By on November 3, 2009


Chrysler’s implosion continued unchecked in October, with sales down 30% from October 2008. Here are some of the details: Sebring: -32%; 300: -15%; PT Cruiser: -96%; Aspen: -95%; Chrysler brand Total: -36%.

Jeep fared only slightly less badly: Compass: -62%; Patriot: -65%; Wrangler: -16%; Liberty: -30%; Grand Cherokee: -42%; Commander: -47%; Jeep Brand Total: -37%

The (non Ram)Dodge was the bright spot: Caliber: -87%; Avenger: +13%; Charger: -22%; Challenger: -20%; Journey: -16%; Caravan: +8%; Nitro: -42%; Durango: -95%;  Dodge Brand Total: -22%

And the (un Dodge) Rams: Dakota: -46%; Ram P/U: -30%; Sprinter: -52%; Total Ram: -32%

Total year-to-date sales for all Chrysler vehicles: -39%   And the beat goes on.

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29 Comments on “Chrysler October sales crash 30%; YTD down by 39%...”

  • avatar

    Uh…don’t you mean “the beatdown goes on”?

  • avatar

    So discounting fleet sales – Chrysler only has a few desirable vehicles – 300, Wrangler, Challenger (low volume) and Ram pickup. So how is Fiat going to save them again?

  • avatar

    I sure hope alot of those Cryco employees are smart enough to take the buyout/early retirement offer on the table and get the hell out of there, the only chance that they have is to get really small really quick and hope they can make it till some product comes (basically for the next several years all they can count on is the 6% that make up the diehard Crysler brigade (my ex-father in law was one) and they have to be sized to break even at that.

  • avatar

    -96% for the PT cruiser and Aspen! Golly. That’s horrible!!

  • avatar

    The fact that the Ram pickup is not holding its own, despite the fact that it is one of the company’s nicest and most competitive products should be scaring them to death.

  • avatar

    Those mega-declines are discontinued models, right?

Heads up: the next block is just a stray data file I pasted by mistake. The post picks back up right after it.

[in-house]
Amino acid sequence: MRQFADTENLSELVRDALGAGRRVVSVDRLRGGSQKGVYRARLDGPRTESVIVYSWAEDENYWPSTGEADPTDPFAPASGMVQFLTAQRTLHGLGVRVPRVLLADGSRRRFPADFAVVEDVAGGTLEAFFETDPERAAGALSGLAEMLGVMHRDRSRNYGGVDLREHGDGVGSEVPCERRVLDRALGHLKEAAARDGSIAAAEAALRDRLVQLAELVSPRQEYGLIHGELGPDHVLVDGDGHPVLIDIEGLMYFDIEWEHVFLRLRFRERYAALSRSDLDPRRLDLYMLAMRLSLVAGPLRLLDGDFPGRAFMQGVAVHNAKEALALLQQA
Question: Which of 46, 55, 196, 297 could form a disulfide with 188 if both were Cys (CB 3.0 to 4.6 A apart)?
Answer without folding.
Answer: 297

• avatar
    alfred p. sloan

    Does any one think there will be a Chrysler to buy in 2011?

    I don’t.

  • avatar

    Is ChryCo hiring drivers just to drive vehicles repetitively around town?

    I see so MANY of their products all across town and most appear to be new or newer vehicles.

    That might be a plausible tactic to stimulate sales.

    Maybe cheaper than advertising on traditional media what with so many folks out of work willing to take any job for a few bucks.

  • avatar

    The Aspen is a dead model and the PT Cruiser was said to be going out of production.

    The Avenger is avenging Dodge sales… har har!

  • avatar

    A while back I posited that due to brand loyalty in places like Flyover Country and the Old South (or anyplace where you see vehicles displaying, oh Calvin Pees on Ford or Chevy stickers, the Confederate Battle Standard, etc), Chrysler sales could only drop so low.

    Now I’m not so sure. Of course these are also places where the Great Recession hit first and will end last so it’s possible that Chrysler’s core fan base simply can’t afford to get rid of the dilapidated Sebring until someone in the house can actually find work.

    Or everybody’s waking up to the fact that their vehicles suck.

  • avatar

    Wow, tax dollars hard at work…

  • avatar

    Chrysler sold 145,316 units during October 2007 (and that was down 9% from October 2006.) Chrysler October 2009 sales were 65,803. I can remember when crossing the 100K threshold was a big deal.

  • avatar

    Looks as though the Challenger is feeling the Camaro pinch. Or maybe it was losing momentum anyway.

    As for the rest of their models, as the Far Side said, “if a tree falls in a forest and lands on a mime does anyone hear”?

    I love Mopar, but if they were to disappear from the market, the only niche I see suffering would be minivans. The rest…pfft.

  • avatar
    Via Nocturna

    Nitpicking here, but…

    Chrysler brand Total: -36%

    Jeep fared only slightly less badly:…Jeep Brand Total: -37%

    -36 > -37, right? Cascading adverbs translate to tortured phraseology.

    That aside, I certainly hope for Chrysler’s sake that Fiat’s got one hell of an ace up their sleeve.

  • avatar

    So is that -95% for the Aspen compared to when the last sales figures were released? Because it seems since as long as I’ve been reading TTAC the Aspen has been declining by at least -50%.

    It seems like the Aspen sales function is a log, and it is already beneath 10.

  • avatar

    We all expected Chrysler to continue failing and sadly it is happening. A shame, since they had some good styling. My wife loves the look of the Charger and Challenger, so much so that she’d love to buy one. I tell her to save her money and wait until after they go bankrupt!

  • avatar
    John Horner

    Boy, that dealer slaughter strategy sure is paying dividends, right ?

  • avatar

    Nobody want to buy from this morally bankrupt company. They will screw thier customers like they screwed their dealers. All they want is the opportunity.

  • avatar